The year 2018 is going to be a huge one for Indian cricket. There are three major overseas tours to the three top cricket-playing countries, and the performance there will decide how good this Indian team is, at least in the eyes of the Indian cricket lovers.
India’s international season at home was terrific, with wins over Australia, New Zealand and Sri Lanka. The Sri Lanka team was the easiest of oppositions, with many of their players not good enough for even the first-class level, leave alone the international level. The top six Ranji Trophy teams in the country, even without their international players, would have beaten this Sri Lanka team.
Make no mistake, there were some good players in the Sri Lanka team, like Suranga Lakmal, the new ball bowler who shook India in the first Test on a green top at Eden Gardens under overcast conditions. There was Dhananjaya de Silva, who batted splendidly in the Delhi Test, and Roshen Silva. There was the combative Niroshan Dickwella, who looks like a future Sri Lanka captain — that is if politics does not interfere in the selection process — and there was also Angelo Mathews and skipper Dinesh Chandimal, who had a big partnership in Delhi. But there was nobody else who could have easily found a place in the top six Ranji Trophy teams, and that is a sad situation for a country that loves its cricket the way Sri Lanka does. The lovely Sri Lankan fans deserve better than what they are getting. Part of the problem is the kind of politics in the sub-continent that cricket cannot escape from.
The Indian think-tank’s decision to try and replicate at home the conditions that the team would face in South Africa was praiseworthy, but it backfired in Dharamsala and almost did so at Eden Gardens. What those two games tell us is that, it is sensible not to expect too much of the team’s batting in South Africa if the conditions are even mildly similar to the ones seen at the two Indian venues. South Africa has three ‘Lakmals’, and if Dale Steyn is even half fit then he would be more than a handful in their conditions.
The pitches in Cape Town, Johannesburg and Centurion will help pacers with movement and bounce, and unless the batsmen are prepared to knuckle down to the task and be careful with their shot selection at least at the start of their innings, there could be a repetition of what happened in Eden Gardens (against Sri Lanka, first Test, first innings) and Dharamsala (against Sri Lanka, first ODI).
Apart from cricket, what the fans will also be hoping for is the end to the uncertainty in the BCCI administration. Since the Supreme Court verdict following the recommendations of the Hon. Justice Lodha Committee, the game has been run by a Committee of Advisors along with a few office-bearers and the CEO, and none of them is able to take any decision on his own. The BCCI AGM also has not taken place, which might suit some people, but it has left the game in a limbo, especially the Ranji Trophy players and junior cricketers. Hopefully, there will be a resolution sooner than later in the new year, so that the game can be administered by the people elected to do so.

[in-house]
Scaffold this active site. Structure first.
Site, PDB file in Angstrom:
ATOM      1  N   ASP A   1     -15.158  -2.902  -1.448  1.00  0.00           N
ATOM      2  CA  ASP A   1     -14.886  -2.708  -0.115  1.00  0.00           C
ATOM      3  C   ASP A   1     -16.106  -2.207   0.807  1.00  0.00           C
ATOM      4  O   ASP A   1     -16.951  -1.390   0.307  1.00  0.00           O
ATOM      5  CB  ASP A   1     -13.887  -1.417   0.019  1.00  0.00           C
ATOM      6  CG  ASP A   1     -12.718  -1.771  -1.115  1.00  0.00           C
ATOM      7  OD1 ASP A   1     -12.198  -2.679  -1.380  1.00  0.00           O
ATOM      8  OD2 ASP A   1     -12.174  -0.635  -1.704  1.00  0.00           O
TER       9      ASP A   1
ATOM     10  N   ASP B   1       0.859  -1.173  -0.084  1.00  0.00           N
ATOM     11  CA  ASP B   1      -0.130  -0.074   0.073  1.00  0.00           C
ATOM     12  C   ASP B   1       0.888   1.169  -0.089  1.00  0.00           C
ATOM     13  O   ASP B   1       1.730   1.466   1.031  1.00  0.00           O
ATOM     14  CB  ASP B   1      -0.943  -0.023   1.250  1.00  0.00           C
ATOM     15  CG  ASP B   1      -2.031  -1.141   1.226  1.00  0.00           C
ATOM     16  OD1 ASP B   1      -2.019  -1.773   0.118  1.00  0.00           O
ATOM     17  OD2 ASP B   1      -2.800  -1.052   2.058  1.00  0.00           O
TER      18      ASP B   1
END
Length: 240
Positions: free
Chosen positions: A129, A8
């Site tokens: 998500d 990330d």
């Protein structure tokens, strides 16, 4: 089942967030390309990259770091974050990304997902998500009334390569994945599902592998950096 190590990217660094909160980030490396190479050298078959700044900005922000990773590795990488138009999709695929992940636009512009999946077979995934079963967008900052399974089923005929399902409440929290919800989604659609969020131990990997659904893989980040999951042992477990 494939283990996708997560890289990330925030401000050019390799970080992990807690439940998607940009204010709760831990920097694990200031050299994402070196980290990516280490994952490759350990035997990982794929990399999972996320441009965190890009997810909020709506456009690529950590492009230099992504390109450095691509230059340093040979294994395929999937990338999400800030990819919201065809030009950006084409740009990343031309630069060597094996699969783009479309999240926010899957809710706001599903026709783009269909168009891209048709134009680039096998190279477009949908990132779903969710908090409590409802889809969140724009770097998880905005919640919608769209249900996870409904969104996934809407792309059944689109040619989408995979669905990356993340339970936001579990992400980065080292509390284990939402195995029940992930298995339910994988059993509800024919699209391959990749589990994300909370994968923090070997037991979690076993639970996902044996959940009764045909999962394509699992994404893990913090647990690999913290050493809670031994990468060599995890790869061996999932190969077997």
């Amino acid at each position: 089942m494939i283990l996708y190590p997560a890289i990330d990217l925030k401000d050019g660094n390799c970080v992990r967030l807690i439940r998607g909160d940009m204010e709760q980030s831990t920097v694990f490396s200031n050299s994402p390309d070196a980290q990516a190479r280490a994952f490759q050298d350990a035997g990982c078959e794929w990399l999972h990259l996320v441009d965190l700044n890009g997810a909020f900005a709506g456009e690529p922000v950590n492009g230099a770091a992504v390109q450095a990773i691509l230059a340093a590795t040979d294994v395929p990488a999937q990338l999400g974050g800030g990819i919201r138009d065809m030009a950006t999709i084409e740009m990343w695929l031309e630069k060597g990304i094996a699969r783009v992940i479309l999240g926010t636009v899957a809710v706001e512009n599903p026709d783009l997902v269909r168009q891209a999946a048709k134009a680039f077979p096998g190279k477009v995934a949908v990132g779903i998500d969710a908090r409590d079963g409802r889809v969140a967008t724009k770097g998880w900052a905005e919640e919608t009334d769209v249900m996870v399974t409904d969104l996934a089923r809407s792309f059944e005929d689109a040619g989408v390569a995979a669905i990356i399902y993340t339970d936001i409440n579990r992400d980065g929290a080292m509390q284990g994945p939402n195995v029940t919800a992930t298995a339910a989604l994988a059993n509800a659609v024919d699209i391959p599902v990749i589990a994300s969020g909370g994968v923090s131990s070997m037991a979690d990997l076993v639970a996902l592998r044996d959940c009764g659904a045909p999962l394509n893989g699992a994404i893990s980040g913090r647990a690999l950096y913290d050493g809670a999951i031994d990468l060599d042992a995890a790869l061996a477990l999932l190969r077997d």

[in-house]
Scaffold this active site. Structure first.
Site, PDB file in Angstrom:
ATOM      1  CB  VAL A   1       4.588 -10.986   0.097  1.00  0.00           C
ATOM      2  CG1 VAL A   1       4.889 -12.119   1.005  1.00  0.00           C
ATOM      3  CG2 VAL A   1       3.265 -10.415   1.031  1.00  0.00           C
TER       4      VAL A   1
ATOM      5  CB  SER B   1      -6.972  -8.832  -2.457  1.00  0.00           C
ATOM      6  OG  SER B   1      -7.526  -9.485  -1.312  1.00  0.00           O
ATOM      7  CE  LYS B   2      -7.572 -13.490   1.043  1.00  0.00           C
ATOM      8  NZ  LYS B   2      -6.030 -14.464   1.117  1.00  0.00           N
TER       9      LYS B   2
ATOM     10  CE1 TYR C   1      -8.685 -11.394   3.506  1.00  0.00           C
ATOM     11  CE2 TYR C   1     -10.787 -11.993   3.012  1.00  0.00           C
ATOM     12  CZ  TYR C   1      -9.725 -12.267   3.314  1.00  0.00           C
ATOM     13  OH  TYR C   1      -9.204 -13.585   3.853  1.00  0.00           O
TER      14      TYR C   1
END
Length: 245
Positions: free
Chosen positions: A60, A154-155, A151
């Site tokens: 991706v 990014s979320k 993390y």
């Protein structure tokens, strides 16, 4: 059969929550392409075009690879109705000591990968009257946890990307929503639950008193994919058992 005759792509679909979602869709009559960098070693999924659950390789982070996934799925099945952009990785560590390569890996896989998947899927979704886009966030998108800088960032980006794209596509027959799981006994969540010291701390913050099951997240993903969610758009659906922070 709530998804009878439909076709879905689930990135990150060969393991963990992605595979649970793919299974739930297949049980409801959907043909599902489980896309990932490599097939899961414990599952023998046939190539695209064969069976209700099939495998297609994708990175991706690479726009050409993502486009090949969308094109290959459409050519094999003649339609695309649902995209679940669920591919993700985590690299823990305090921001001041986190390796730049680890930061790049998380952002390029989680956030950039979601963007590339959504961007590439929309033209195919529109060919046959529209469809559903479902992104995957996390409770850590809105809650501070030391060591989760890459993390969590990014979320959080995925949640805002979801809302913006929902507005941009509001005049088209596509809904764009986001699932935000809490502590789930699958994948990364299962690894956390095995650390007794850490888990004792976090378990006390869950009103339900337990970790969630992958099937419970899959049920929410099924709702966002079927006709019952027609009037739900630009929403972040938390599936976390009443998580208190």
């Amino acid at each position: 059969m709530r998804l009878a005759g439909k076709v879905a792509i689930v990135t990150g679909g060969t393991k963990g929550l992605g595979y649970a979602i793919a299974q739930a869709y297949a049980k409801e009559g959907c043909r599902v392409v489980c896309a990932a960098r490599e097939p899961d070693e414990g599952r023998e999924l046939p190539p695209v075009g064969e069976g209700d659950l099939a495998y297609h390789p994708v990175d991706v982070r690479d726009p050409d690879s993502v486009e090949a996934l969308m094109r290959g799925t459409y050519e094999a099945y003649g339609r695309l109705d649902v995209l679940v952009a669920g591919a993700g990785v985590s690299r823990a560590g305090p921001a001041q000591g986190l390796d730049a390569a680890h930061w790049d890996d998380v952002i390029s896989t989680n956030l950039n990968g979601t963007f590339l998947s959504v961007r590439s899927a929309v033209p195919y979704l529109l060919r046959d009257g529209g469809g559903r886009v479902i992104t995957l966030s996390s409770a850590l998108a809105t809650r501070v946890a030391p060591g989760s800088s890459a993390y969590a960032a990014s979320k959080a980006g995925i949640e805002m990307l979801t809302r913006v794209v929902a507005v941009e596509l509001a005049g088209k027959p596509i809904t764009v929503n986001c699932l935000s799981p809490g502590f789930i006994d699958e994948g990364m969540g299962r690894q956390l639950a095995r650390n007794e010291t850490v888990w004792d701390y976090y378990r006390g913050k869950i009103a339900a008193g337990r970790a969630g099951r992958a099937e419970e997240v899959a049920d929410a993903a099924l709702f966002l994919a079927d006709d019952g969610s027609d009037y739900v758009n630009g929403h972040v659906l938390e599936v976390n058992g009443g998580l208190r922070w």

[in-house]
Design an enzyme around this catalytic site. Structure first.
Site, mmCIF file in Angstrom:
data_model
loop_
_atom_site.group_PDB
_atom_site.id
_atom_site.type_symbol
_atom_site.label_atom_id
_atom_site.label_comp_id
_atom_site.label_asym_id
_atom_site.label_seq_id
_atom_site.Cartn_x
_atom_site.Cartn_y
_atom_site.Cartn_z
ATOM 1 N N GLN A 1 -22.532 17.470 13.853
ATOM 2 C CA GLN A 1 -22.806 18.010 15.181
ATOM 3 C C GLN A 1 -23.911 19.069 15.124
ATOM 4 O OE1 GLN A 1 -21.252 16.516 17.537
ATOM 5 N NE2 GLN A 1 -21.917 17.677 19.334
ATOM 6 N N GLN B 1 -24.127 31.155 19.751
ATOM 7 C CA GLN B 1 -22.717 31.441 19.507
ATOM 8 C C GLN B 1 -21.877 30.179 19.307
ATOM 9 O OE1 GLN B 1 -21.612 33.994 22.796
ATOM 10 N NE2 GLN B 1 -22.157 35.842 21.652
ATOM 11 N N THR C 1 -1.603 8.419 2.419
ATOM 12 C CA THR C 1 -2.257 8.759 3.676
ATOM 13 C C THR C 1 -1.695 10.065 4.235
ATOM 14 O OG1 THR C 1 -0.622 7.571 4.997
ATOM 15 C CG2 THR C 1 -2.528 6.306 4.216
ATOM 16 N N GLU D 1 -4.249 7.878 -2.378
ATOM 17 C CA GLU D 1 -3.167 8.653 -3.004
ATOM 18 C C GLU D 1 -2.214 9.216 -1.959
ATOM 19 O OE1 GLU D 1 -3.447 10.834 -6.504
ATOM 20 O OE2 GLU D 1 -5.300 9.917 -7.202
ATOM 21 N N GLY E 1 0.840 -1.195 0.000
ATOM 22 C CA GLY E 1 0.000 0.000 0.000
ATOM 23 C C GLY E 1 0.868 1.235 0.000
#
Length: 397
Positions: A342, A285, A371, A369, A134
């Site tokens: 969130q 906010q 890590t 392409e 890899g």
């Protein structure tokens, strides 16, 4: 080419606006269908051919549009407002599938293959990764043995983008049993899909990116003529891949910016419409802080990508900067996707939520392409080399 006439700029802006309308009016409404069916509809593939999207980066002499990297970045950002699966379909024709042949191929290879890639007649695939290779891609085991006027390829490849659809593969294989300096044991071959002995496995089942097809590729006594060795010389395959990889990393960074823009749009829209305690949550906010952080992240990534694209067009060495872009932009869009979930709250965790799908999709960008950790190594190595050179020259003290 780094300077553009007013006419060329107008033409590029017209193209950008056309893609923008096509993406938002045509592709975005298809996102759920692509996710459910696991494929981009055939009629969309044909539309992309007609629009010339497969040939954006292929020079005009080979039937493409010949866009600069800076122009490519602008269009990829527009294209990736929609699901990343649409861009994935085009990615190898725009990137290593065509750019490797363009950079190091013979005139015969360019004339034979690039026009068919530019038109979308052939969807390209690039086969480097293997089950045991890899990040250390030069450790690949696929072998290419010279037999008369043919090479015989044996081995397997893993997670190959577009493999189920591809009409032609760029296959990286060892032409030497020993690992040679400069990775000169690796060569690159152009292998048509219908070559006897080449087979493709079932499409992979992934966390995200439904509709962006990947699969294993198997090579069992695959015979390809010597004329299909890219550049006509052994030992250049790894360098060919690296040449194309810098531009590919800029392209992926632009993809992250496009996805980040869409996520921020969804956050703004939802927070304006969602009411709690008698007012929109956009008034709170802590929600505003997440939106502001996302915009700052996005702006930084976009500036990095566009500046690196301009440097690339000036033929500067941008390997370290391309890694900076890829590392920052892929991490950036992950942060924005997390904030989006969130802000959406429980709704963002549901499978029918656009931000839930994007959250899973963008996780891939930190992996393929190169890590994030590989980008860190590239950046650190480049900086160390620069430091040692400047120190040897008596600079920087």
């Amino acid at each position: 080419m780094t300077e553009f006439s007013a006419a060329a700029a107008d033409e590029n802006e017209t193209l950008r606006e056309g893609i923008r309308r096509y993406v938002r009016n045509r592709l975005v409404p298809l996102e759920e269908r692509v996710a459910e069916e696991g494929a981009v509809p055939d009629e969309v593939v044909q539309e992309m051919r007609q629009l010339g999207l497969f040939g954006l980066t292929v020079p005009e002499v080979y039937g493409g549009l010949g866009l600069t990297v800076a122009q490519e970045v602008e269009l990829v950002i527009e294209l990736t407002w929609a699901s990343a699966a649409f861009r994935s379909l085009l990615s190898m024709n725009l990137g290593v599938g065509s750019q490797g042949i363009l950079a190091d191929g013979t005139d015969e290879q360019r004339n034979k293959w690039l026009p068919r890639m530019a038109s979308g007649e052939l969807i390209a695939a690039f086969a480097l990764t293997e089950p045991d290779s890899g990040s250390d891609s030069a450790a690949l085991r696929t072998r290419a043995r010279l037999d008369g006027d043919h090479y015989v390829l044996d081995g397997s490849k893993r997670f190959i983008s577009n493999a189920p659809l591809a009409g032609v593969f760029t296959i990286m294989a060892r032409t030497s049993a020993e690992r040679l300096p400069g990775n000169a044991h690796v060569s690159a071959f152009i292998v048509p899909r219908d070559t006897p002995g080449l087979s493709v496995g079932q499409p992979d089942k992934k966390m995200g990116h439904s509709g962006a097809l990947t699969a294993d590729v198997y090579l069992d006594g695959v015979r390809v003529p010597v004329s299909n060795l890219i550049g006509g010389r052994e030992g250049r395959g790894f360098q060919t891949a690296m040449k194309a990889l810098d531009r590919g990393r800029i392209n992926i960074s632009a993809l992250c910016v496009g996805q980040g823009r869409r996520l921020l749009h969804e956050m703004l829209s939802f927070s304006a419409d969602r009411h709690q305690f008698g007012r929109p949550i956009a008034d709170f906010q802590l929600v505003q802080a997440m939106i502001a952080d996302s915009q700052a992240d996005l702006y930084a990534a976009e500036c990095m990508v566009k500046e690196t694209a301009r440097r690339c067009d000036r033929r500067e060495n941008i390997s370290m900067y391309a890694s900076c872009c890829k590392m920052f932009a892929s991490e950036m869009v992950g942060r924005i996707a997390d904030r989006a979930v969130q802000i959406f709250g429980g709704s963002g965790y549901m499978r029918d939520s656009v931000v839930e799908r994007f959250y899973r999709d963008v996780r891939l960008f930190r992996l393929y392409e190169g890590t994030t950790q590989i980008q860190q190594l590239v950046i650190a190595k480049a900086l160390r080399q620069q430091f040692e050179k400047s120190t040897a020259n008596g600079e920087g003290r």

Australia’s annihilation of England did not come as a surprise, since like in football the English team is invariably talked up by their media, of whom most have not even picked up a bat at a sports shop. Not that you have to have played cricket at the highest level to write or talk about the game, for if that were the case then the social media would have nobody making comments about the game, and there would be no social media-made stars either.
England looked as if it would hold its own, as the team had a top bowling attack with James Anderson and Stuart Broad having more than 900 Test wickets between them. However, as it happens when a team plays overseas, the line and length needed to bowl in foreign conditions is different, and unless teams adjust quickly to it there is going to be only one result. So is the case with batting: the players have to be prepared for a lot more bounce than in home conditions.
That is why it is hoped that for India’s tours to England after the IPL and Australia later in the year, the team gets the time to acclimatise itself not only to the weather conditions but also the pitches by playing more than the one token warm-up game that most touring sides seem to play nowadays. That may be convenient for the certainties in the team who, irrespective of their form, will play in the first two Tests. The lack of matches between Tests is a problem too, because the out-of-form player does not get the chance to find form in less demanding conditions before the next Test, or the fringe player does not get the opportunity to stake a claim for a place in the playing XI by showing his skills in the warm-up game.
Be that as it may, 2018 promises to be an exciting year for Indian cricket, which is expected to fulfil the hopes and aspirations not only of the players themselves but also the millions of Indian cricket lovers all over the world.
Wish the readers a really happy 2018!
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